SINGAPORE - The Republic's fight against dengue is set to receive a further boost, as community-led efforts to educate residents on ways to prevent and protect against it are ramped up.
This comes as the nation is facing a serious dengue situation. Close to 18,000 cases have been reported so far this year, over three times the 5,258 cases last year.
In the first half of this year, about 389,000 dengue inspections were conducted islandwide, with the National Environment Agency (NEA) uncovering about 10,800 mosquito breeding habitats.
About half of the breeding habitats of the Aedes mosquito - which spreads the dengue virus - detected across the island have been in homes, with the figure rising to 60 per cent in dengue cluster areas, NEA said in a joint statement with the People's Association (PA) on Saturday (July 2).
A total of 1,173 cases were reported in the week from June 19 to 25, NEA said.
"Although the numbers in recent weeks have shown a decline, the risk of transmission remains high as there are still more than 300 dengue clusters across the island. The weekly number of cases is still very high, exceeding 1,000 cases, and we are in the early months of the traditional peak dengue season in Singapore," NEA said.
As the nation ramps up its fight against dengue, some 5,000 volunteers from the PA grassroots organisations and PA Community Emergency Response Team (Cert) will join NEA's SG Clean Ambassadors in conducting house visits in dengue cluster areas over the next two weeks.
They will be sharing information and tips with residents on how to prevent mosquito breeding and how to better protect themselves.
These complement ongoing house and ground inspections by NEA officers.
On Saturday (July 2), Senior Parliamentary Secretary for Sustainability and the Environment Baey Yam Keng joined PA volunteers visiting homes at Boon Lay Drive to urge residents to remove stagnant water and potential mosquito breeding habitats, as well as take proactive measures to prevent dengue cases in the neighbourhood.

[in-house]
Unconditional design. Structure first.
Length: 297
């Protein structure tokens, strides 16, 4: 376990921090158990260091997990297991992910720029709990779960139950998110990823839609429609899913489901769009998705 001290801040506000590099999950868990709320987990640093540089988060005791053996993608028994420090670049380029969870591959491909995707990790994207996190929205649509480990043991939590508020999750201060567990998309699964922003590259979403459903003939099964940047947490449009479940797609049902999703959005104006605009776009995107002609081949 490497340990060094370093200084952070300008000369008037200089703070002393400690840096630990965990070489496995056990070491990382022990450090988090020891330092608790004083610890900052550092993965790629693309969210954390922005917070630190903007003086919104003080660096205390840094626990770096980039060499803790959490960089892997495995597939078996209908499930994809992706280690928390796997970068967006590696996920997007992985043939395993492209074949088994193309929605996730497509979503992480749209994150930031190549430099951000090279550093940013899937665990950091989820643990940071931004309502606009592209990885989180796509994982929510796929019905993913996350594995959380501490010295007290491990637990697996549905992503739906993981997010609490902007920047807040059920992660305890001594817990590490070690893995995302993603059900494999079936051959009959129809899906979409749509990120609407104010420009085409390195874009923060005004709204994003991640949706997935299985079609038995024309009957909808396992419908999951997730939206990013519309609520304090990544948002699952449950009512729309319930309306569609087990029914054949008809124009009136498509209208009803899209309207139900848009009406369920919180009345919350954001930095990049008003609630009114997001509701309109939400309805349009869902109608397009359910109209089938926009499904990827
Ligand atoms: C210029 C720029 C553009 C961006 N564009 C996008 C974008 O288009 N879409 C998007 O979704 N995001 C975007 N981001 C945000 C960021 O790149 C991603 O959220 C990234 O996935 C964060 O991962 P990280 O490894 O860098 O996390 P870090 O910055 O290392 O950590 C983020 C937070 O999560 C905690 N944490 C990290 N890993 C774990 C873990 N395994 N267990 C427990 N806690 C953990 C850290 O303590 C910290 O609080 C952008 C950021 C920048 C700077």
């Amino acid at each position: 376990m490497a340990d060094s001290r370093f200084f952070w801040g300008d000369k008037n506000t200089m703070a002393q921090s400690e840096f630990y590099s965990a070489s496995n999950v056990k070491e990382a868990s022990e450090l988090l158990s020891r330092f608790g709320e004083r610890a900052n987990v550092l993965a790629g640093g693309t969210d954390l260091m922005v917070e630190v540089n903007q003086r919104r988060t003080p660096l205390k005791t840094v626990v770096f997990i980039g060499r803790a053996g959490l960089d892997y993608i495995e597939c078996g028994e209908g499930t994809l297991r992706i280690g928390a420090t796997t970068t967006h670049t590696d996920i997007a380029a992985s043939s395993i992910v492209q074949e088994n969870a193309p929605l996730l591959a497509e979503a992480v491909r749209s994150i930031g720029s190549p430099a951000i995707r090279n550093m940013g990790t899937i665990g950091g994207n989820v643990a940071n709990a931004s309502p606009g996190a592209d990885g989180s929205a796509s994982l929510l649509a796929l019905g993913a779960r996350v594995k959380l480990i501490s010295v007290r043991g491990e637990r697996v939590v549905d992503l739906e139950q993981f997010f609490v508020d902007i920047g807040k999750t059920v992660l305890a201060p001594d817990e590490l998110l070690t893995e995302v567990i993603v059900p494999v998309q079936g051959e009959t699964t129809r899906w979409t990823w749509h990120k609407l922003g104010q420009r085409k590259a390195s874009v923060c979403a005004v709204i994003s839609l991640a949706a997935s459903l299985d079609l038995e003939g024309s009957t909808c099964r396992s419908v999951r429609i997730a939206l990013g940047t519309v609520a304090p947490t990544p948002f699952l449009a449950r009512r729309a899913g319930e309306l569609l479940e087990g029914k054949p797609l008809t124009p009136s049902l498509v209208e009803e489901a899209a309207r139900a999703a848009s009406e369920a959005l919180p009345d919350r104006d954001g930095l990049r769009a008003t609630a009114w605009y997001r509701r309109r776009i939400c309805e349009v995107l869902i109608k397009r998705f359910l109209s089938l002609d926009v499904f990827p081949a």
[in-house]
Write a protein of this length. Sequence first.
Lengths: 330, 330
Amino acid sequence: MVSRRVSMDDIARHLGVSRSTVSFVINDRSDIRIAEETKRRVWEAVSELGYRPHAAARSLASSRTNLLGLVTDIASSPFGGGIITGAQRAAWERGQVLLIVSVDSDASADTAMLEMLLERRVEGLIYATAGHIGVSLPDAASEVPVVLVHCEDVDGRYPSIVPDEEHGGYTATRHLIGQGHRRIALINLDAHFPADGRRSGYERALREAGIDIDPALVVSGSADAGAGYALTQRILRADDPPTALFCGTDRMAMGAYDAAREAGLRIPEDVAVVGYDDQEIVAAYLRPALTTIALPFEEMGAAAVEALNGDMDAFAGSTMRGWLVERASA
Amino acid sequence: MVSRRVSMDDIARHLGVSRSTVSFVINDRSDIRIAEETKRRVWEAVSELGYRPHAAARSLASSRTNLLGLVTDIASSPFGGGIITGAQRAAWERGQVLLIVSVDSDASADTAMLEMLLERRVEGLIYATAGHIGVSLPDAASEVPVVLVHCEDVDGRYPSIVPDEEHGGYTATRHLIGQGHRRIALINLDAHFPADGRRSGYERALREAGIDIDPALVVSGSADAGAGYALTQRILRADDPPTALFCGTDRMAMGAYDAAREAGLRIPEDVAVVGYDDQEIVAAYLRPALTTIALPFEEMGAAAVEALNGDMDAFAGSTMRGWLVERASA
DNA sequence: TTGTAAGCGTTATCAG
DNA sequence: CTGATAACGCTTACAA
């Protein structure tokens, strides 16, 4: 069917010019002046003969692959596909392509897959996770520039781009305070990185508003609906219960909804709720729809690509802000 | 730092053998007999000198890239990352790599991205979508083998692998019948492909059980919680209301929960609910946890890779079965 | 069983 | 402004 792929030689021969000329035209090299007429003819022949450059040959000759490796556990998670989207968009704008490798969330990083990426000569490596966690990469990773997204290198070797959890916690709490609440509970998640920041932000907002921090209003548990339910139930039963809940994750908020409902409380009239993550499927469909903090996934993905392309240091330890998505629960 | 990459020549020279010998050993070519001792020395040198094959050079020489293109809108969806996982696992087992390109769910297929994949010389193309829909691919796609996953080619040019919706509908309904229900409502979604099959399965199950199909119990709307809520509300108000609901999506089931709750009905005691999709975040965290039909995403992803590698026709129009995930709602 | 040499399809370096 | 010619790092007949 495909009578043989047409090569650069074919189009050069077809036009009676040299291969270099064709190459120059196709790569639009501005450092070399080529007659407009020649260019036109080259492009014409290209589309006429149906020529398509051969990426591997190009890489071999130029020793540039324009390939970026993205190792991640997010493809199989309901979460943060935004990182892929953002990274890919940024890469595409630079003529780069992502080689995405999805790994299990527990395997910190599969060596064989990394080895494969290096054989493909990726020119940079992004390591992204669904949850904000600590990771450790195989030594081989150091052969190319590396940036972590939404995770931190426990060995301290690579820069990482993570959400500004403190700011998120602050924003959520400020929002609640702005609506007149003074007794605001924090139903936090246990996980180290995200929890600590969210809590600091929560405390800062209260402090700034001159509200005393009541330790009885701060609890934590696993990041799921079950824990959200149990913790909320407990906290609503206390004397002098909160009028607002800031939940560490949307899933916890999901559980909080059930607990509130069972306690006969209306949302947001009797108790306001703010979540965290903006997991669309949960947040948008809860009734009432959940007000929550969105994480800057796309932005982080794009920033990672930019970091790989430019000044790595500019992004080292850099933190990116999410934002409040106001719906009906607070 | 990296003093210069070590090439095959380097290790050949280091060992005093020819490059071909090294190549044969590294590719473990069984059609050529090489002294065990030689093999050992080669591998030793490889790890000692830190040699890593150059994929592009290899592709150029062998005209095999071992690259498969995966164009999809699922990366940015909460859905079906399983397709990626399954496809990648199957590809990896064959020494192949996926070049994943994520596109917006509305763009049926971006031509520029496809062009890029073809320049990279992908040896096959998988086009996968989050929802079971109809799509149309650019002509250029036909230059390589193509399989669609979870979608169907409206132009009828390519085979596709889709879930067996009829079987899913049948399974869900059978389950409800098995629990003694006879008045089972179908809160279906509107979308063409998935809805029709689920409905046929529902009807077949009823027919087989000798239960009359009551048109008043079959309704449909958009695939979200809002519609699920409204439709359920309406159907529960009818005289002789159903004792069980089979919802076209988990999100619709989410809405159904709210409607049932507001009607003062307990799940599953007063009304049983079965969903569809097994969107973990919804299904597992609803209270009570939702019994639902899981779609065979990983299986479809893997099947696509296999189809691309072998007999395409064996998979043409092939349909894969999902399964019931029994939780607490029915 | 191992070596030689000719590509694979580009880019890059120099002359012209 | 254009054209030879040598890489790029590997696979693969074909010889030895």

Boon Lay is an active dengue cluster area.
Mr Baey also thanked the volunteers for their support in ramping up dengue prevention awareness to stem the surge in dengue cases.
Since the launch of NEA's National Dengue Prevention Campaign on March 30, grassroots organisations have provided strong support, with more than 500 outreach activities.
Over 300 of NEA's SG Clean Ambassadors have been mobilised at close to 100 locations across Singapore to educate residents on ways to prevent and protect against dengue, NEA said.
Since the start of the year, NEA has been working closely with partner agencies and grassroots organisations to stem the spread of the virus, engage stakeholders and mobilise people in the community.
For example, the National Dengue Prevention Campaign 2022 was brought forward ahead of the traditional mid-year peak dengue season and a new purple-coloured banner was introduced to raise awareness at areas with persistently high Aedes aegypti mosquito population.
Many grassroots organisations have stepped forward to join in the fight against dengue by raising awareness among their residents, NEA said.
Ms Ng Shi Ying, 27, who has been living in Boon Lay for over 20 years, said that though her family members have not experienced a single dengue case, they continue to take precautions, such as clearing the water in their pots.
To prevent dengue, residents can follow the Mozzie Wipeout B-L-O-C-K steps:
- Break up hardened soil
- Lift and empty flowerpot plates
- Overturn pails and wipe their rims
- Change water in vases
- Keep roof gutters clear and place BTI insecticide inside.
Those living in dengue cluster areas should take additional steps to protect themselves from mosquito bites by:
- Spraying insecticide in dark corners around the house
- Applying insect repellent regularly, and
- Wearing long-sleeved tops and long pants
Residents are also strongly encouraged to download the myENV app and set it to alert them when there is a dengue cluster or high mosquito population near their homes, NEA said.